Two Steps Forward…

We_Can_Do_It!

With the American primaries heating up there has been a fair bit of coverage and discussion on women’s voting patterns and in particular, Hilary Clinton’s popularity with women voters. Initially I was surprised to learn that Bernie Sanders was gaining traction with young women.  Really, a seventy-four year old man could better represent women than a… wait a minute, sixty-eight year old woman.

The truth is, it’s a bit of a stretch that either of them really understand how young women think. It’s also a bit of a stretch to tell them how they should vote, period. If we older women really want to establish that women have the right to make their own choices, then we have to reconsider telling women, young or old how they should do anything, including vote. That we would tell them they should vote for someone based on nothing more than their gender is even more ridiculous.

I was a little embarrassed for feminists this week. When 78 year old Madeleine Albright and 81 year old Gloria Steinem weighed into the American political debate  they made me cringe.  They didn’t come across as particularly wise and they certainly didn’t seem to think that young women could think for themselves. I’ve always considered myself a feminists, but it seems my definition differs from these women in some significant ways.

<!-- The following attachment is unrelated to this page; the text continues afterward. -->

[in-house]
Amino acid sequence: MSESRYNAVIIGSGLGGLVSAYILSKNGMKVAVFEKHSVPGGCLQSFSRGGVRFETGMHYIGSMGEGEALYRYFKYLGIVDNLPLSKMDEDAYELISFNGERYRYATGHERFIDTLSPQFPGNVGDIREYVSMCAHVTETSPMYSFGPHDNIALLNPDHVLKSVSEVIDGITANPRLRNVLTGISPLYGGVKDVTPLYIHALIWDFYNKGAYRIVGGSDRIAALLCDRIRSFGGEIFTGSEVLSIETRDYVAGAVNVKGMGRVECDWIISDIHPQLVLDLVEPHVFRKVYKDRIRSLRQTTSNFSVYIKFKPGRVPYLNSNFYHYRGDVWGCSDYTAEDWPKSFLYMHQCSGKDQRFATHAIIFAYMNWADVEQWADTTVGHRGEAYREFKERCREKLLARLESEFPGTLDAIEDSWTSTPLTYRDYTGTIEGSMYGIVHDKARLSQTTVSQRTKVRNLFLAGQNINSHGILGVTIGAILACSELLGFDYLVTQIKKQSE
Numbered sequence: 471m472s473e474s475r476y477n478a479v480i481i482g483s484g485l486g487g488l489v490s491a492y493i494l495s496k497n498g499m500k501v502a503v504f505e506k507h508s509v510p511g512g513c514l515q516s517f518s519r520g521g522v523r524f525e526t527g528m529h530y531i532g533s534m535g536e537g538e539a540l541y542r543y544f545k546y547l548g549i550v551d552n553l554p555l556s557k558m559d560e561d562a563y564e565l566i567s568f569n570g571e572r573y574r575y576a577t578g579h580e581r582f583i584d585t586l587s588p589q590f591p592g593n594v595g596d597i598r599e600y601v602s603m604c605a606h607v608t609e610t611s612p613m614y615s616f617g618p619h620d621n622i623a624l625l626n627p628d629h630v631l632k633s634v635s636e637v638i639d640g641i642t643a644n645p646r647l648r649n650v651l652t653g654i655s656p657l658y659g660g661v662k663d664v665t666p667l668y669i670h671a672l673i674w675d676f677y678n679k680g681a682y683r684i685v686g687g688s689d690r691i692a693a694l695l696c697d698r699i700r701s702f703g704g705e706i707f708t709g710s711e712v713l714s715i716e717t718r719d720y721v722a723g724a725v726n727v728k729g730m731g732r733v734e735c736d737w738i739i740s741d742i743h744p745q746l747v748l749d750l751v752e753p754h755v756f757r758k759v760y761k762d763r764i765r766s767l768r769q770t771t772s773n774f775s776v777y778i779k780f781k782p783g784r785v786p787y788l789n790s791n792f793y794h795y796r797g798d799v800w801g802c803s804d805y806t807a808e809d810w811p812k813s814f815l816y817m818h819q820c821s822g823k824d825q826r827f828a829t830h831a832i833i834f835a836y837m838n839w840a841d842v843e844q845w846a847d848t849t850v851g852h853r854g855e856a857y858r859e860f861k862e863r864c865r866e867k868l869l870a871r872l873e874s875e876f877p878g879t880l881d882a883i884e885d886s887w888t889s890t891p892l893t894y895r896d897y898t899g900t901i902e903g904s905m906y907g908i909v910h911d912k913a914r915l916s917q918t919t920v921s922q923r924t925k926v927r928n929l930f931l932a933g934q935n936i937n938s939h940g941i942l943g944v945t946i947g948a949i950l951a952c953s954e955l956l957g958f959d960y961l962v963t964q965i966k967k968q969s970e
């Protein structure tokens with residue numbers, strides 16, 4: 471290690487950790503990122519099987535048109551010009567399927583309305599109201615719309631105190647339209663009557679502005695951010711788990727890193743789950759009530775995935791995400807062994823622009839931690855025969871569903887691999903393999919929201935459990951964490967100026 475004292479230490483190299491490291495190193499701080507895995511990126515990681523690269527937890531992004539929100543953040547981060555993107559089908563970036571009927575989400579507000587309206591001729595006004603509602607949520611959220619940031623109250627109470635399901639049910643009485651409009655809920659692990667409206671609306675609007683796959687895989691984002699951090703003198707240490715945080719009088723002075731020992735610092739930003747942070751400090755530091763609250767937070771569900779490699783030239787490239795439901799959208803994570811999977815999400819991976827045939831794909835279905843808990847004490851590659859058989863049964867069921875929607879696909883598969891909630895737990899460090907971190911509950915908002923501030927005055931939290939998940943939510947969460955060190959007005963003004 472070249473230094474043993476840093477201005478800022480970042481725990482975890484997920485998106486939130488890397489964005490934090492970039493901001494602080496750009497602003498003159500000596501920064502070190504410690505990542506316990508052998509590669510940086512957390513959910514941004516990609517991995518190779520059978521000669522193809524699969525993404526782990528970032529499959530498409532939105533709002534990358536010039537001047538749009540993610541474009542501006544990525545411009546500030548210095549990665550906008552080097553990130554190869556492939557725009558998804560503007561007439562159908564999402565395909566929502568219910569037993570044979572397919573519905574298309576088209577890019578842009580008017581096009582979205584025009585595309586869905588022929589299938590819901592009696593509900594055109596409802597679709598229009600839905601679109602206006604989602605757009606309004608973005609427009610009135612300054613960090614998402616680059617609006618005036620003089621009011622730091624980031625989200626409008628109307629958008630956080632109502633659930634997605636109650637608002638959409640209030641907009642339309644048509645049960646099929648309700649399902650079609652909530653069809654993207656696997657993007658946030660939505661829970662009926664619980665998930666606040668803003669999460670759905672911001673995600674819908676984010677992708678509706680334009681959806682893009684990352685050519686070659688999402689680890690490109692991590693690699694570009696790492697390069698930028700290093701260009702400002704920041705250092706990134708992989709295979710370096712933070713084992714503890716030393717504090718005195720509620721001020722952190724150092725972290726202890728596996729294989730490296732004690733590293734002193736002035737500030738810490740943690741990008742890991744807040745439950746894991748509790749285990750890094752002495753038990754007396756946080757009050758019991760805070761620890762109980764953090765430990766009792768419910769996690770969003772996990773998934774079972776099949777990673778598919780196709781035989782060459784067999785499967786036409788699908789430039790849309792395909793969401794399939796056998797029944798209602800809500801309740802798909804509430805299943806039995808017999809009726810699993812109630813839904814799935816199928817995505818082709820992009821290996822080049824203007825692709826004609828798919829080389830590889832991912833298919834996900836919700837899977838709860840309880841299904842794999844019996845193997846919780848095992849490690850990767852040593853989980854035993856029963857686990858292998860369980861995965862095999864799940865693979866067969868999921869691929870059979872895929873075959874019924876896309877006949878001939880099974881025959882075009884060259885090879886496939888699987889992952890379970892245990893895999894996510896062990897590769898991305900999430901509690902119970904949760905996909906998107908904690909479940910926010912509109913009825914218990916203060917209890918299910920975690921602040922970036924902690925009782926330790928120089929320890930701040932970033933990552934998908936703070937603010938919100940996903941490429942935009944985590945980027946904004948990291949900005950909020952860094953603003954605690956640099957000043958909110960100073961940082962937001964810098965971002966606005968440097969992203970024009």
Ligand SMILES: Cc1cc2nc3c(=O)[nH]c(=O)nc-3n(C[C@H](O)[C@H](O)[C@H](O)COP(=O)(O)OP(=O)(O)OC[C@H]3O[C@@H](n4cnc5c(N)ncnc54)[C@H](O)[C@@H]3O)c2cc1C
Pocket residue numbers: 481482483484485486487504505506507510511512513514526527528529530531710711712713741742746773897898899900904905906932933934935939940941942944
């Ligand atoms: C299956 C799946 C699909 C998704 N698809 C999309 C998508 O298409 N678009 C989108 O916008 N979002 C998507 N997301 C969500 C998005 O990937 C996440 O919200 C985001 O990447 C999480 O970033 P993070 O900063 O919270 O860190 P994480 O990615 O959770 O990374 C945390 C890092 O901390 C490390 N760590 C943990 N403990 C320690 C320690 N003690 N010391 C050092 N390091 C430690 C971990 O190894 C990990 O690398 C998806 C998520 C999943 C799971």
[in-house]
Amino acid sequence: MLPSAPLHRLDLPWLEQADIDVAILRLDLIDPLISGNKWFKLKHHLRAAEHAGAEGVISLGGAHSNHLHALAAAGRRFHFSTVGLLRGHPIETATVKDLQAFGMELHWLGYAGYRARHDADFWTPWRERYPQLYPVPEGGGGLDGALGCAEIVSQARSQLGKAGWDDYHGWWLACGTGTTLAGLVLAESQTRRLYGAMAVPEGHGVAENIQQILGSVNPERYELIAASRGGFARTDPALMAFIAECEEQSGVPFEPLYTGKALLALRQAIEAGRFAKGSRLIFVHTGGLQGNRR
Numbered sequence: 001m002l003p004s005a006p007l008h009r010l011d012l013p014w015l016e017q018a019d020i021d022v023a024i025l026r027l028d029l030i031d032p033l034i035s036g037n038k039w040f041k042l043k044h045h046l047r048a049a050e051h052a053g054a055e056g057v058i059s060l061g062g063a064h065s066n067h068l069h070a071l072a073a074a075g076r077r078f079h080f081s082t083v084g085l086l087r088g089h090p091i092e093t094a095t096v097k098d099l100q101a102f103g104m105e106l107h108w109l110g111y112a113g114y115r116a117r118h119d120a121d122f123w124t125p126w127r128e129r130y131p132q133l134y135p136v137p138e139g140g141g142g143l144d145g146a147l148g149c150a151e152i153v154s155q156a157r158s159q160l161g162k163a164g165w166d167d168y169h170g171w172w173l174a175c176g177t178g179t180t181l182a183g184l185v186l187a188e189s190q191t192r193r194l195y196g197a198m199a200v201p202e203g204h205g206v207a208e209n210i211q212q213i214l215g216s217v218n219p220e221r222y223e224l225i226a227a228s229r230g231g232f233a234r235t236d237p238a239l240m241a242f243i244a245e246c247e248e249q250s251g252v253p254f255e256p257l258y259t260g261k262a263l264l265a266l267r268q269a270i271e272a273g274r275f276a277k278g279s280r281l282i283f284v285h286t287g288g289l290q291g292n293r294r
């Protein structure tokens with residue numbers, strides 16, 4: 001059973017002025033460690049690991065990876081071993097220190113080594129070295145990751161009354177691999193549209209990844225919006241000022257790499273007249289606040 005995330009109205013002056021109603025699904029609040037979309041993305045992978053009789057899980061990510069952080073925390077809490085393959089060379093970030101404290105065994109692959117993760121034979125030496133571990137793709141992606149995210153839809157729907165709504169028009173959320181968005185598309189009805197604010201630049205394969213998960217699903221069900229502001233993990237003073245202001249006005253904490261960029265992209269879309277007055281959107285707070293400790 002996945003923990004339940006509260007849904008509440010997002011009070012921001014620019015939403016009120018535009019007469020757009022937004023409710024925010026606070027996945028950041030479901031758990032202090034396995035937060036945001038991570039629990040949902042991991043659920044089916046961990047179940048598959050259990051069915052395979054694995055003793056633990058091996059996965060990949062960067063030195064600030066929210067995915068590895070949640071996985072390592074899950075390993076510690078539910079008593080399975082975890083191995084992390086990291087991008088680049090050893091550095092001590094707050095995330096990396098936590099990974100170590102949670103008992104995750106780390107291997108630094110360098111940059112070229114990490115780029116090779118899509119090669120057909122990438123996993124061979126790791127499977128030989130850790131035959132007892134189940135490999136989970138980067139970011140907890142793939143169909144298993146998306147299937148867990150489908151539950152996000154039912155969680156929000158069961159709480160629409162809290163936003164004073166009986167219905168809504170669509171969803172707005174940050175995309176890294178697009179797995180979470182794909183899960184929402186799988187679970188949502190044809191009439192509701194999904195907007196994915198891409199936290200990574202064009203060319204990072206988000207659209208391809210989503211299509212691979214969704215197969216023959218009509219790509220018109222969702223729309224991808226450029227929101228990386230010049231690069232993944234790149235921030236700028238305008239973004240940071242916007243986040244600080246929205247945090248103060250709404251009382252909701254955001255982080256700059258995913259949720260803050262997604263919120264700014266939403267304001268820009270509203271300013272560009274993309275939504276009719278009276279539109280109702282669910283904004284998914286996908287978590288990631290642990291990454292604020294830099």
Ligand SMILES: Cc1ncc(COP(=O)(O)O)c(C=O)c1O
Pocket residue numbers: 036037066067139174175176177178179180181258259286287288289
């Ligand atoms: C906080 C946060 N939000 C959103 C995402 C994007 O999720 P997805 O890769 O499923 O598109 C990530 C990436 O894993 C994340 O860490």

For me, it meant that despite the fact that I was a young black woman, I could be a political assistant, not secretary, on Parliament Hill.  It was that same thinking that lead me to believe that I could be an equally effective lobbyist for national and international corporations a few years later. The fact that I was often the only woman in the room, not to mention the only black person, never phased me. I knew as much or more about how government worked and I could strategize with the best of them.  It never took long for them to stop wondering why I was in charge of their lobbying efforts. Amazing what happens when you are a strong, self-confident woman.

Being a feminists has always meant to me, that I had the right to pursue whatever dreams, positions or electoral preferences I had. It’s a pity if that that definition has changed and small wonder that young women today have a hard time associating themselves with the concept of feminism.

Soon enough the furor over the poorly stated comments of Albright and Steinem will die down and Americans will be back to considering their options based on the quality of the candidate rather than their sex. If nothing else, I and the rest of the world can only hope that when the time comes, whoever the democrats choose, they won’t be facing Donald Trump, because he is far more of a threat to women, minorities and religious freedom than either Bernie or Hilary.

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5 responses to “Two Steps Forward…

  • Well said, Debra. Madeline Albright published an op-ed piece in the New York Times a few days later apologizing for her remarks.